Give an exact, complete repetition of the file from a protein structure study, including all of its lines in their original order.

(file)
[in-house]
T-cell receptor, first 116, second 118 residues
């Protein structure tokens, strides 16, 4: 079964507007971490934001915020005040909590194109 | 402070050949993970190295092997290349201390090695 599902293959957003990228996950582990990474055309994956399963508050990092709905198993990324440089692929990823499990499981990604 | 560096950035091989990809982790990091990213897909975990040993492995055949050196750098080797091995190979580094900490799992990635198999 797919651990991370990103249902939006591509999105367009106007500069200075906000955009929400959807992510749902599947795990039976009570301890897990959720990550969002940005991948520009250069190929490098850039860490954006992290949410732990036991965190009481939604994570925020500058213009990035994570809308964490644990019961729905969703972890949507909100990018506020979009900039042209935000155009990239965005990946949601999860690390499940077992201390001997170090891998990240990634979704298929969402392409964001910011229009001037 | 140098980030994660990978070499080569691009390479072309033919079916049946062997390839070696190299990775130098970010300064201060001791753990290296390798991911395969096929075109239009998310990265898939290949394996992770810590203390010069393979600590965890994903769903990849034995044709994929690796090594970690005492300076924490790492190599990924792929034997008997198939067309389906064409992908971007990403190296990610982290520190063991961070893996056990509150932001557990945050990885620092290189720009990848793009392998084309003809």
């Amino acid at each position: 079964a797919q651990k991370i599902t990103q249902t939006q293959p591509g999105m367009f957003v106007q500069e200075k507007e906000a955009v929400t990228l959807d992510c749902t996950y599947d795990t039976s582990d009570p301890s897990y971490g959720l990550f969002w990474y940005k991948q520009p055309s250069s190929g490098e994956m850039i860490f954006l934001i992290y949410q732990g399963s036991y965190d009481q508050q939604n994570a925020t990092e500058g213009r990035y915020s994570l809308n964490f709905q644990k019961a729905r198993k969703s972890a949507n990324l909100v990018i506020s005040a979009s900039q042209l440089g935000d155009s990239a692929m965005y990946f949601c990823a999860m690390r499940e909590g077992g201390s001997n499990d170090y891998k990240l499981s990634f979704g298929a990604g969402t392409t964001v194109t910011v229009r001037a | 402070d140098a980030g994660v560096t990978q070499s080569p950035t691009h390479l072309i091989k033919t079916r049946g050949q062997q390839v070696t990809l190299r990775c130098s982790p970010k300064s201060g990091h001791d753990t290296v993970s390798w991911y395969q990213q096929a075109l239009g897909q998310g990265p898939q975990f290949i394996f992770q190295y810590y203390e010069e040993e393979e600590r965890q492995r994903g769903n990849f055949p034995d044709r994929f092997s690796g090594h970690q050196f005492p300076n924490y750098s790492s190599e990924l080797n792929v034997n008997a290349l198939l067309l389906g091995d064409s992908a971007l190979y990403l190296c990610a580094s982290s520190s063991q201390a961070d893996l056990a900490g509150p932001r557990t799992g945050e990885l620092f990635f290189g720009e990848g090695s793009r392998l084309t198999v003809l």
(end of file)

[in-house]
T-cell receptor, first 116, second 118 residues
């Protein structure tokens, strides 16, 4: 079964507007971490934001915020005040909590194109 | 402070050949993970190295092997290349201390090695 599902293959957003990228996950582990990474055309994956399963508050990092709905198993990324440089692929990823499990499981990604 | 560096950035091989990809982790990091990213897909975990040993492995055949050196750098080797091995190979580094900490799992990635198999 797919651990991370990103249902939006591509999105367009106007500069200075906000955009929400959807992510749902599947795990039976009570301890897990959720990550969002940005991948520009250069190929490098850039860490954006992290949410732990036991965190009481939604994570925020500058213009990035994570809308964490644990019961729905969703972890949507909100990018506020979009900039042209935000155009990239965005990946949601999860690390499940077992201390001997170090891998990240990634979704298929969402392409964001910011229009001037 | 140098980030994660990978070499080569691009390479072309033919079916049946062997390839070696190299990775130098970010300064201060001791753990290296390798991911395969096929075109239009998310990265898939290949394996992770810590203390010069393979600590965890994903769903990849034995044709994929690796090594970690005492300076924490790492190599990924792929034997008997198939067309389906064409992908971007990403190296990610982290520190063991961070893996056990509150932001557990945050990885620092290189720009990848793009392998084309003809």
């Amino acid at each position: 079964a797919q651990k991370i599902t990103q249902t939006q293959p591509g999105m367009f957003v106007q500069e200075k507007e906000a955009v929400t990228l959807d992510c749902t996950y599947d795990t039976s582990d009570p301890s897990y971490g959720l990550f969002w990474y940005k991948q520009p055309s250069s190929g490098e994956m850039i860490f954006l934001i992290y949410q732990g399963s036991y965190d009481q508050q939604n994570a925020t990092e500058g213009r990035y915020s994570l809308n964490f709905q644990k019961a729905r198993k969703s972890a949507n990324l909100v990018i506020s005040a979009s900039q042209l440089g935000d155009s990239a692929m965005y990946f949601c990823a999860m690390r499940e909590g077992g201390s001997n499990d170090y891998k990240l499981s990634f979704g298929a990604g969402t392409t964001v194109t910011v229009r001037a | 402070d140098a980030g994660v560096t990978q070499s080569p950035t691009h390479l072309i091989k033919t079916r049946g050949q062997q390839v070696t990809l190299r990775c130098s982790p970010k300064s201060g990091h001791d753990t290296v993970s390798w991911y395969q990213q096929a075109l239009g897909q998310g990265p898939q975990f290949i394996f992770q190295y810590y203390e010069e040993e393979e600590r965890q492995r994903g769903n990849f055949p034995d044709r994929f092997s690796g090594h970690q050196f005492p300076n924490y750098s790492s190599e990924l080797n792929v034997n008997a290349l198939l067309l389906g091995d064409s992908a971007l190979y990403l190296c990610a580094s982290s520190s063991q201390a961070d893996l056990a900490g509150p932001r557990t799992g945050e990885l620092f990635f290189g720009e990848g090695s793009r392998l084309t198999v003809l």